Is A Romantic Relationship For Everyone?

Eros, Philia, Storge & Agape– are some of the different classifications for the love we all may experience in our life time, they are not all that we are- but they make up the tapestry of our lives. We spend so much of our lives chasing eros love, losing sight of all of the love were are surrounded by, so this week on the blog, I wanted to explore the validity of the idea that we are all meant to be seeking out a romantic partner into our lives. Read along with me.

I have been giving romance and love a lot of thought lately and trying to re-shift the way I approach it, but also dig deeper into what I am looking for when it comes to love and finding a long term partner. And while I accept that romantic love will not happen for everyone and everyone’s journey is very different, it got me thinking about whether or not we place far too much emphasis on romantic love and not enough on all of the other types of love we encounter throughout our lives.

First, know your worth, second, control your emotions and third never settle.

Man = Fulfilment?

As women, we have been conditioned to believe that if we don’t attain the atypical Hallmark romantic love, that in some way our lives are incomplete or that we are missing out on something. As if all of the successes in the world would still mean nothing if we have no one waiting for us at home. But while watching one of the most recent episodes of Red Table Talk, where various relationship experts attended and another with former monk Jay Shetty; they raised some very interesting and eye opening points. Throughout our lives, if we are lucky we get to experience many types of love in various intensities; be it the love for a parent, a pet, a best friend, a child, extended family- our love changes and adapts depending on the time or the need. When we look back at our lives, does this mean it isn’t rich or with meaning if we don’t have a romantic partner? Is their existence the be and end all of our lives? This really blew me away, especially because we spend so much time thinking about all of the things we like and in some cases, do not like- but we don’t stop to think about the things we currently have. As they are. All of the already full, complete relationships we have in our lives the ones which add value, support us and the ones we cannot live without. These are the ones which matter, these are the ones which have shaped us. We shouldn’t be diminishing their value simply because they are plutonic. Even if our lives never experience love on a romantic level, it doesn’t mean our lives lack love.

Caged Heart

I fully understand and sometimes definitely support not bothering when it comes to finding love and giving up all together. But what I have begun to realize is that I am slowly but surely locking away my heart. I feel it happening and I am not entirely sure how to stop it… I feel like with every heartbreak, the wounds are not only in the process of healing, but they’re also callosing over, making it difficult for the next person. It’s hard not to get disheartened, to stay encouraged and wait for it to happen, but how can you not when you realize just how much your life doesn’t rely on their existence. I am a parent, so a lot of my time is spent parenting, my needs are usually at the bottom of the list and that being said, I am fully autonomous. I do not rely on a male in order to make ends meet or in order to get things done around the house- I simply get stuck in. I in no way mean that I do not want a partner or that they will not be able to offer me anything, what I mean is that my existence doesn’t rely on it. I am whole without, and if said person cannot add value to my life or show me what I have been missing, then they ain’t it.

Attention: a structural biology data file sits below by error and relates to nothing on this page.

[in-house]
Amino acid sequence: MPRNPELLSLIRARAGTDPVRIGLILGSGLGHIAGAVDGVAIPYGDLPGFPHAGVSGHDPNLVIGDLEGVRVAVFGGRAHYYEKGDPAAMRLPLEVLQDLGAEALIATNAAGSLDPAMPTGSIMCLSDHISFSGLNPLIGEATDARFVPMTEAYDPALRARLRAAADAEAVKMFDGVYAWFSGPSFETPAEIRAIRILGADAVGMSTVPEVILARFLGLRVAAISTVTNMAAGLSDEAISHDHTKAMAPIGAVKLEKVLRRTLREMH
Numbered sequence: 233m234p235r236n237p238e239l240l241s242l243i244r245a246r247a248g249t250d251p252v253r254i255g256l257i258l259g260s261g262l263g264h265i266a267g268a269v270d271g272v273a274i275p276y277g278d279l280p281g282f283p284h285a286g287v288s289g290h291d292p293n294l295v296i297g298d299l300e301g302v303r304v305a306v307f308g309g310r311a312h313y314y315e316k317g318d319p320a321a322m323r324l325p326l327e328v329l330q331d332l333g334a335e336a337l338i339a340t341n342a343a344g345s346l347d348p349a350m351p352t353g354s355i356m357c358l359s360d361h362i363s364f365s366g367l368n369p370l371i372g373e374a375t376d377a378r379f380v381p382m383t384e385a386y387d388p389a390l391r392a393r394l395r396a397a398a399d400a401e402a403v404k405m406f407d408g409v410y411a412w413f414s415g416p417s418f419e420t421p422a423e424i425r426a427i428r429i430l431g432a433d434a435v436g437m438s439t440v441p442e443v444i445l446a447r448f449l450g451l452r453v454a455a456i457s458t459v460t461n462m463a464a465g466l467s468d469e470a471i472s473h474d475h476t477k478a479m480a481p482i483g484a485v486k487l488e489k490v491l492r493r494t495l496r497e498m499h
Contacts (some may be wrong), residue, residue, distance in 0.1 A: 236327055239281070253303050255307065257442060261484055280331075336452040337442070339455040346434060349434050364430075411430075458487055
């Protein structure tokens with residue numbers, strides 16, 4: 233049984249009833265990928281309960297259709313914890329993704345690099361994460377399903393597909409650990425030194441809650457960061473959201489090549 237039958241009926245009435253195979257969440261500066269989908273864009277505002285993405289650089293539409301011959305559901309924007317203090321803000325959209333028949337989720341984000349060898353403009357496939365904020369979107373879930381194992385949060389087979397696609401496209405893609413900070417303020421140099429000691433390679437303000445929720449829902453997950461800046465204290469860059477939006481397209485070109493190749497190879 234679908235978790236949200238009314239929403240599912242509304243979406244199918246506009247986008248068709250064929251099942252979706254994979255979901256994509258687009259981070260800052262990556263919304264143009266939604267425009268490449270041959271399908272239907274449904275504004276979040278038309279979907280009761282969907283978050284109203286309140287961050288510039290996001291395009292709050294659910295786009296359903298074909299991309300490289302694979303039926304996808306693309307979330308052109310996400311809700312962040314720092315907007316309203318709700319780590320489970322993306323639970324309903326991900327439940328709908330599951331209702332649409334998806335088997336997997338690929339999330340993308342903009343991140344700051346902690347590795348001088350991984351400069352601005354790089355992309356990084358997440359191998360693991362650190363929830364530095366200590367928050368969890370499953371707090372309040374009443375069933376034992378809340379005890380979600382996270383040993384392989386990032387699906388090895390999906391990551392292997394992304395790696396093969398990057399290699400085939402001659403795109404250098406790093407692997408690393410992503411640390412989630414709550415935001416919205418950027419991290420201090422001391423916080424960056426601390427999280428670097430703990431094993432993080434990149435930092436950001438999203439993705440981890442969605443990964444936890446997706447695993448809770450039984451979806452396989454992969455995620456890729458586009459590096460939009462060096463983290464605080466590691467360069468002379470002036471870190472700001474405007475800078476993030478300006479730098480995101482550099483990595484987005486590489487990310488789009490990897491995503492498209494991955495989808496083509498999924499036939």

Until you get comfortable with being alone, you’ll never know if you’re choosing someone out of love or loneliness.

Mandy Hale

Is There A One & Only?

Is there such a thing as having one singular romantic love? One person who will fulfill all of your needs in their entirety? Is that humanly possible? Can I be that for someone and can they be that for me? Really, really? It’s not that I am becoming a cynic or that I don’t believe in love, it’s more that I no longer subscribe to the idea that we have a single twin soul floating around on this over populated planet. The fact that people are able to have deep, transformative love, lose this love through tragedy or loss and then are able to find love again; it may be different, but it’s love nonetheless. And it certainly doesn’t dimish the previous love, they all make up the tapestry of who we are. Similar to the saying that says some people come into our lives for a season, a lifetime or a reason. I was with who I thought was the love of my life for 13 years, no one knew me like he did ( or so I thought ), so much of my identity was wrapped up in us, in our love story that maybe along the way, I believed too much of the hype and not so much the reality. Of course, I cannot knock it because it gave me the greatest gift, my daughter, but it also taught me a lot about myself, but our breakup taught me so much more. If I were to be faced with the possibility to do it all over again, I would ( I might do it sooner, but I still wouldn’t change the outcome ). Because, I can be loved, flaws and all. I can be attractive to another, I can open up. I can be myself, I can share my hopes and fears and someone will love me for all that I am, in all of my complexities. That I know for sure.

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